BURGE-LUBIN. Well, you know, my dear Barnabas, Confucius is a very
long-headed chap. I see his point.
BARNABAS. Do you? Then let me tell you that, except officially, I will
never speak to you again. Do you hear?
BURGE-LUBIN [_cheerfully_] You will. You will.
BARNABAS. And don't you ever dare speak to me again. Do you hear? [_He
turns to the door_].
BURGE-LUBIN. I will. I will. Goodbye, Barnabas. God bless you.
BARNABAS. May you live forever, and be the laughingstock of the whole
world! [_he dashes out in a fury_].
BURGE-LUBIN [_laughing indulgently_] He will keep the secret all right.
I know Barnabas. You neednt worry.
CONFUCIUS [_troubled and grave_] There are no secrets except the secrets
that keep themselves. Consider. There are those films at the Record
Office. We have no power to prevent the Master of the Records from
publishing this discovery made in his department. We cannot silence the
American - who can silence an American? - nor the people who were there
today to receive him. Fortunately, a film can prove nothing but a
BURGE-LUBIN. Thats very true. After all, the whole thing is confounded
nonsense, isnt it?
CONFUCIUS [_raising his head to look at him_] You have decided not to
believe it now that you realize its inconveniences. That is the English
method. It may not work in this case.
BURGE-LUBIN. English be hanged! It's common sense. You know, those two
people got us hypnotized: not a doubt of it. They must have been kidding
us. They were, werent they?
CONFUCIUS. You looked into that woman's face; and you believed.
BURGE-LUBIN. Just so. Thats where she had me. I shouldn't have believed
her a bit if she'd turned her back to me.
CONFUCIUS [_shakes his head slowly and repeatedly_]???
BURGE-LUBIN. You really think - ? [_he hesitates_].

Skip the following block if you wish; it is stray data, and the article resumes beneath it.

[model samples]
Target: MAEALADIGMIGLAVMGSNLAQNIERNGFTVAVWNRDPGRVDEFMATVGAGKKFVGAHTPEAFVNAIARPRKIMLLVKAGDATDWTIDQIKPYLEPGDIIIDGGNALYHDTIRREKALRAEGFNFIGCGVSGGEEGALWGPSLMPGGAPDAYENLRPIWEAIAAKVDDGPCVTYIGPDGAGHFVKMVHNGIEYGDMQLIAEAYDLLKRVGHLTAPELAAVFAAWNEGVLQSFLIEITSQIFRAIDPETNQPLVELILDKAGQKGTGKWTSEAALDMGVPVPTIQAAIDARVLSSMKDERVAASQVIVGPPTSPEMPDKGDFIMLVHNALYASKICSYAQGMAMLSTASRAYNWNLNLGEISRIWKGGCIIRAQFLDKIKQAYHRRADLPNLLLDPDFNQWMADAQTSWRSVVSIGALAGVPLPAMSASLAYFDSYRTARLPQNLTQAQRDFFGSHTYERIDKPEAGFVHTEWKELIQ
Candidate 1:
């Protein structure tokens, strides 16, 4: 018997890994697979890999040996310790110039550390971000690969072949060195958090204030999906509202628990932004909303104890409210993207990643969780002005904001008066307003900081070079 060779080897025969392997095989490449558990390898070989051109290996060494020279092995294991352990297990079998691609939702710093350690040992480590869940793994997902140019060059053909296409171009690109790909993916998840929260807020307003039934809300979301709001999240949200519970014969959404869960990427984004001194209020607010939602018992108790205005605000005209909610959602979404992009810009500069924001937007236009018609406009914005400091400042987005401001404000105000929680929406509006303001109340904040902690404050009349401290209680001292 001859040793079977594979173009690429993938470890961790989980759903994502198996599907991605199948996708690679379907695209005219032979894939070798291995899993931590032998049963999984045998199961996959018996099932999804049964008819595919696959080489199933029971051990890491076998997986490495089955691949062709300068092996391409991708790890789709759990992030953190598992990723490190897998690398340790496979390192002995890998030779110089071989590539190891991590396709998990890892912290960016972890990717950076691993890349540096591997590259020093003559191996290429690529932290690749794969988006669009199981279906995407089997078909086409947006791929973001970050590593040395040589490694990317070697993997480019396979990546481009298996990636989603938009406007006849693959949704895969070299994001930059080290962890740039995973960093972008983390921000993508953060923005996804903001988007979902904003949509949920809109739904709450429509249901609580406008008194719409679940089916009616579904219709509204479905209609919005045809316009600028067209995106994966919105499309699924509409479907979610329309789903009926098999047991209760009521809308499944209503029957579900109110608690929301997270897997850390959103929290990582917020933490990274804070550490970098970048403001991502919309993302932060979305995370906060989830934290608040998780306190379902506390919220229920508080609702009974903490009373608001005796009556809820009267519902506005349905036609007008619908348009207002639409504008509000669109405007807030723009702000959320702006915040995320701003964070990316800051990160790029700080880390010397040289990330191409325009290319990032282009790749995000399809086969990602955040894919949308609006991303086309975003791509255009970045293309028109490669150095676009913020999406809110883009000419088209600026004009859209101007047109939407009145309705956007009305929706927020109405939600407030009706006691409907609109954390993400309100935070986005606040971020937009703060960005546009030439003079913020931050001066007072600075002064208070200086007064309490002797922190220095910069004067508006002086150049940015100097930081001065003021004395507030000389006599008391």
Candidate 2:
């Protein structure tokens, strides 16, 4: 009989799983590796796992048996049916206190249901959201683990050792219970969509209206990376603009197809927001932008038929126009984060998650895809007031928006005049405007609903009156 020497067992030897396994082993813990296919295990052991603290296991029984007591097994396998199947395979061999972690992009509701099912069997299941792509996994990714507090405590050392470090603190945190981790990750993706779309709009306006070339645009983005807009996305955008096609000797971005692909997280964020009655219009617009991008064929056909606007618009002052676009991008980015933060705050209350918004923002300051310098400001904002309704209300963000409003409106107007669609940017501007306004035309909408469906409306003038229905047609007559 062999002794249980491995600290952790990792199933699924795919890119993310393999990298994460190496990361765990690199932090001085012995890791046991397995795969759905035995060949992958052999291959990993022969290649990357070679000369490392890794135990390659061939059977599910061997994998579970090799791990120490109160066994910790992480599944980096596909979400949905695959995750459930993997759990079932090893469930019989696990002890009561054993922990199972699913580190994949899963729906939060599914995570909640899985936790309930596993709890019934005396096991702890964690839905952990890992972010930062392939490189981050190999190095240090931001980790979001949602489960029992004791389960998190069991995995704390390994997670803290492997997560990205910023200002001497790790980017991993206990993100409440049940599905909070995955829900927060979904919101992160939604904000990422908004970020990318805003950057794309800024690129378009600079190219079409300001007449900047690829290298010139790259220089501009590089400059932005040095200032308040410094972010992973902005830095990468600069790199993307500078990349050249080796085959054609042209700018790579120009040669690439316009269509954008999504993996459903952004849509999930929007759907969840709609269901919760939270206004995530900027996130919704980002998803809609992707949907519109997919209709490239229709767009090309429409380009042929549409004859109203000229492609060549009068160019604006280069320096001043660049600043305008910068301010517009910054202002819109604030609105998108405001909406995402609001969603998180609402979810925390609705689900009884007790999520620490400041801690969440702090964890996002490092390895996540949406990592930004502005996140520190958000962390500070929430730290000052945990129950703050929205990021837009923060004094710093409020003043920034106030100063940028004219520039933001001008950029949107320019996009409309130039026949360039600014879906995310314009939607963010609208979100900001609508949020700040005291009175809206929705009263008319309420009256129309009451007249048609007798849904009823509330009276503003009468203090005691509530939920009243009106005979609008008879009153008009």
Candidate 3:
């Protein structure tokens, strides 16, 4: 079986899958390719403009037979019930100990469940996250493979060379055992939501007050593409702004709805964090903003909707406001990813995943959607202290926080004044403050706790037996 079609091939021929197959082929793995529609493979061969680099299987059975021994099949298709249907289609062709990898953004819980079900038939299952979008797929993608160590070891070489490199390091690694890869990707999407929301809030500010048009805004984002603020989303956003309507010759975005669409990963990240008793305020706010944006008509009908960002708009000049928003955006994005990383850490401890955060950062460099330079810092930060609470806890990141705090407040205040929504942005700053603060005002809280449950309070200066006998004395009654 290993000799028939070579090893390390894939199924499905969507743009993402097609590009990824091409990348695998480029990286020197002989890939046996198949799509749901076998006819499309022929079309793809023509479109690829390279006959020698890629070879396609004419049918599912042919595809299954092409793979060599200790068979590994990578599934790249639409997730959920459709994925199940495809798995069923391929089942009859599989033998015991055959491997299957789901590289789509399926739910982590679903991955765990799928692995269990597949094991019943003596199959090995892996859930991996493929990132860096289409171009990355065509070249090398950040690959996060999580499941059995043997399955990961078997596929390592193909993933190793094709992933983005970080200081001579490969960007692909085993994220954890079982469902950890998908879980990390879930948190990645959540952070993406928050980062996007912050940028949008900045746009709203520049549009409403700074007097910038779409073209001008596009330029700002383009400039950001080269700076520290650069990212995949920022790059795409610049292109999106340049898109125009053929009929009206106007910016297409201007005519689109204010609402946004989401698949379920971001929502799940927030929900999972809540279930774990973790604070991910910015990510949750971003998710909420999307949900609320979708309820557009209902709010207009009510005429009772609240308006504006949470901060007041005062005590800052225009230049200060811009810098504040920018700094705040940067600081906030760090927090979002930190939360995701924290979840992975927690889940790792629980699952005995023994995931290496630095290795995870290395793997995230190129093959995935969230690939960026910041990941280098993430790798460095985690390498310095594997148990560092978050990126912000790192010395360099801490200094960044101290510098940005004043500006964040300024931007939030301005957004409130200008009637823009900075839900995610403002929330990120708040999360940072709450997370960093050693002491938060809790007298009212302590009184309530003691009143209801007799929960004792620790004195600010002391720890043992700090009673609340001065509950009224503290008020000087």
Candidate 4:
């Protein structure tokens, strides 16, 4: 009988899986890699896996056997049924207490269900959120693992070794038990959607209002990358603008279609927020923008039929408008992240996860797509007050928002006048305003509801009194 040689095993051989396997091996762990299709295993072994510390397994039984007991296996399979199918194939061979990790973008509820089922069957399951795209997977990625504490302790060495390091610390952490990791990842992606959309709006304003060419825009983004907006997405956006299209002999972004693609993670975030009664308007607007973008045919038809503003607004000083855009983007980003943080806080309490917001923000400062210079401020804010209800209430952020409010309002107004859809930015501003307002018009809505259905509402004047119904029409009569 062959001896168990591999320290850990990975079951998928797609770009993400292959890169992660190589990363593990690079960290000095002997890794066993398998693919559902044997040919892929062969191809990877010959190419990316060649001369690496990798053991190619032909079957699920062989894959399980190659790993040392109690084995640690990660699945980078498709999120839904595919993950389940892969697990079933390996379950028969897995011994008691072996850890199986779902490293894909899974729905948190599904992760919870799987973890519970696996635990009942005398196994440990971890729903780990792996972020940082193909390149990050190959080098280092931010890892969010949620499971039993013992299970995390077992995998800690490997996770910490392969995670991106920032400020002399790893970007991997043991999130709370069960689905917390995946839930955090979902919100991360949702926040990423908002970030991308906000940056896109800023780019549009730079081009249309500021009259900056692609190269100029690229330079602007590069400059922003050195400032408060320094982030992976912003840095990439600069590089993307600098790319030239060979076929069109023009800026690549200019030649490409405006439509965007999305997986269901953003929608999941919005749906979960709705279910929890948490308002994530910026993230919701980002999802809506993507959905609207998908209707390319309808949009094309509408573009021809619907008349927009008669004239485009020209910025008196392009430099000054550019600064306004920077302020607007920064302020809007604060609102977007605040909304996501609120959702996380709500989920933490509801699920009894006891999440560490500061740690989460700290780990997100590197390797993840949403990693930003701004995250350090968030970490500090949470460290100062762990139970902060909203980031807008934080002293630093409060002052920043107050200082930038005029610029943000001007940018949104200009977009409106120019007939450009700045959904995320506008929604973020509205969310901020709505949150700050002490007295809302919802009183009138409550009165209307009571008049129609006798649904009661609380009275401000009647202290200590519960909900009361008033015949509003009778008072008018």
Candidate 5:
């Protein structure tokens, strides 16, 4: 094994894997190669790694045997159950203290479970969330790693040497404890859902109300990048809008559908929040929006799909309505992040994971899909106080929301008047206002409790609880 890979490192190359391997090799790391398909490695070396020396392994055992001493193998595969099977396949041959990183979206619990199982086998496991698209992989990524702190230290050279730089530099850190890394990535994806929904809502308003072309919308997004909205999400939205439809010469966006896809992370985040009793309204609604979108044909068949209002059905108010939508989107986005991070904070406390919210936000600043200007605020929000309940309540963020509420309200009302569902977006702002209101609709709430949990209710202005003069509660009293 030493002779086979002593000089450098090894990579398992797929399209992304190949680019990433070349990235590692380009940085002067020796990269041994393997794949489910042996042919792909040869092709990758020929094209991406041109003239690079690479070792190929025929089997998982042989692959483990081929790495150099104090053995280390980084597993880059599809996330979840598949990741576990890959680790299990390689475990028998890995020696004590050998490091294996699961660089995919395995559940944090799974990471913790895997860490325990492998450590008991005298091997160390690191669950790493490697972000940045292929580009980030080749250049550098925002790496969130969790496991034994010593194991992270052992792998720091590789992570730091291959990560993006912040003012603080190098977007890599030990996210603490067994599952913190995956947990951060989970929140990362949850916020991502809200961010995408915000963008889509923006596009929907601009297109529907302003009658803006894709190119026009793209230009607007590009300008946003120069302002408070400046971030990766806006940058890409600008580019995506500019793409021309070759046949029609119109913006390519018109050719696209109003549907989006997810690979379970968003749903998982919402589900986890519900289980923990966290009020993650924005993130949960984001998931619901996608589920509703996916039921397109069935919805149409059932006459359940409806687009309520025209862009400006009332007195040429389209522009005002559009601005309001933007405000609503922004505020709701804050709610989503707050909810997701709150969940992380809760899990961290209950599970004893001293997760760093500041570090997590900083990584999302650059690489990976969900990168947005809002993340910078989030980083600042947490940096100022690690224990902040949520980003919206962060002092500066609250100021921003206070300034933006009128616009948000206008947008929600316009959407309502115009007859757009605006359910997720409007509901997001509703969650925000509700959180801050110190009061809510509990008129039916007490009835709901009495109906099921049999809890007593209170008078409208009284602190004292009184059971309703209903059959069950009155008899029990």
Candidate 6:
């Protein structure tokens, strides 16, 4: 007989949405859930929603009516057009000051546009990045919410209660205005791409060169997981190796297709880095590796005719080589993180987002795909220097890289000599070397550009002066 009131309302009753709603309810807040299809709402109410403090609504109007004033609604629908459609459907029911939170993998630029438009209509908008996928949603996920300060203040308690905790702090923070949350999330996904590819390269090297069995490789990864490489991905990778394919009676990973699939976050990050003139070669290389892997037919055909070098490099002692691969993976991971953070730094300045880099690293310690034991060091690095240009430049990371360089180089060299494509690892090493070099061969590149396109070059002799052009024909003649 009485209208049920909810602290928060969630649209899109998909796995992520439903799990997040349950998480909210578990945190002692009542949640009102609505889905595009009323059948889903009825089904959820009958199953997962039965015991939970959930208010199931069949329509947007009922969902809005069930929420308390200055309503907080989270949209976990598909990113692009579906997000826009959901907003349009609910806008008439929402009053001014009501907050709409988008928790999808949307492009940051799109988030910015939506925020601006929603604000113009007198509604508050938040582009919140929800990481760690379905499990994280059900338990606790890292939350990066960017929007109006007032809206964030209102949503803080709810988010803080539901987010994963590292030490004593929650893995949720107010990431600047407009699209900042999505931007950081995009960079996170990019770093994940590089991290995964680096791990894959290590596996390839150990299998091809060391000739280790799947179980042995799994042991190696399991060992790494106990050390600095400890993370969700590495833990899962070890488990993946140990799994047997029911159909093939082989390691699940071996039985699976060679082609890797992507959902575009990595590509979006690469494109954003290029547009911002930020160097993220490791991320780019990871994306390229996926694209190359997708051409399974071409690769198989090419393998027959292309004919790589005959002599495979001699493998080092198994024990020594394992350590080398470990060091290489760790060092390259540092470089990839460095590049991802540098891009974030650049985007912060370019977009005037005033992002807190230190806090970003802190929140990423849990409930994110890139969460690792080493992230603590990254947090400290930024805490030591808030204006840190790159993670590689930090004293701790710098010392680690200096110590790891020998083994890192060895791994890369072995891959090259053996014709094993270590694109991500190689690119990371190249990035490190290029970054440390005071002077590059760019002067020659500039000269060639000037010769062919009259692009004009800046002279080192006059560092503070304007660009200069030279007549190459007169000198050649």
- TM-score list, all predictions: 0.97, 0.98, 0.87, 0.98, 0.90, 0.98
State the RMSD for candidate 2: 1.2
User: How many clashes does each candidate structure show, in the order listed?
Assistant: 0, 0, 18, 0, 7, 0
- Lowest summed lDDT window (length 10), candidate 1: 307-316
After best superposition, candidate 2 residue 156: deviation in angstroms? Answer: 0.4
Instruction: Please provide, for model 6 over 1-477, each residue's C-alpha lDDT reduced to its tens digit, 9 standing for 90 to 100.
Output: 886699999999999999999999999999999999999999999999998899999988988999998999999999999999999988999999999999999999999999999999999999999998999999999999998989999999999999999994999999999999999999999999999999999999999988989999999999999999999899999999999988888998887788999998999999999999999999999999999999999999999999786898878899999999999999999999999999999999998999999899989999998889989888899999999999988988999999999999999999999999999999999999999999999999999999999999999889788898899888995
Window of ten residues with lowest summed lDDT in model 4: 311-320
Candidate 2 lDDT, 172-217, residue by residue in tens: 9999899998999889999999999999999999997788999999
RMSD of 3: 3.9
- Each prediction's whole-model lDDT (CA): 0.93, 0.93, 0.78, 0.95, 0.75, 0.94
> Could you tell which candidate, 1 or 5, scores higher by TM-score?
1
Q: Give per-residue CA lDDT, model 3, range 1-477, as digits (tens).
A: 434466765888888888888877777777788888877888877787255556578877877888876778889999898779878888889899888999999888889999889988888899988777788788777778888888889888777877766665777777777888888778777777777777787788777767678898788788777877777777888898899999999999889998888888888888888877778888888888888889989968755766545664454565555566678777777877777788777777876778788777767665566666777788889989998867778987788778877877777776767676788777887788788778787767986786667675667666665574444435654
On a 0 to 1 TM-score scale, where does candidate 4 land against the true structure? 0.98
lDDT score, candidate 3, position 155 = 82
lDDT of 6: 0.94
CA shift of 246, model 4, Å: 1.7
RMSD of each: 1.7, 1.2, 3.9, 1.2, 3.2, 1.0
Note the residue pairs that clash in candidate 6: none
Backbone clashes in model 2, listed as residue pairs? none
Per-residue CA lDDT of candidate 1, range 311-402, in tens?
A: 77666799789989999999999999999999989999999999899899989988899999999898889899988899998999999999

CONFUCIUS. The Archbishop has always been a puzzle to me. Ever since
I learnt to distinguish between one English face and another I have
noticed what the woman pointed out: that the English face is not an
adult face, just as the English mind is not an adult mind.
BURGE-LUBIN. Stow it, John Chinaman. If ever there was a race divinely
appointed to take charge of the non-adult races and guide them and train
them and keep them out of mischief until they grow up to be capable of
adopting our institutions, that race is the English race. It is the only
race in the world that has that characteristic. Now!
CONFUCIUS. That is the fancy of a child nursing a doll. But it is ten
times more childish of you to dispute the highest compliment ever paid
BURGE-LUBIN. You call it a compliment to class us as grown-up children.
CONFUCIUS. Not grown-up children, children at fifty, sixty, seventy.
Your maturity is so late that you never attain to it. You have to be
governed by races which are mature at forty. That means that you are
potentially the most highly developed race on earth, and would be
actually the greatest if you could live long enough to attain to
BURGE-LUBIN [_grasping the idea at last_] By George, Confucius, youre
right! I never thought of that. That explains everything. We are just
a lot of schoolboys: theres no denying it. Talk to an Englishman about
anything serious, and he listens to you curiously for a moment just as
he listens to a chap playing classical music. Then he goes back to
his marine golf, or motoring, or flying, or women, just like a bit of
stretched elastic when you let it go. [_Soaring to the height of his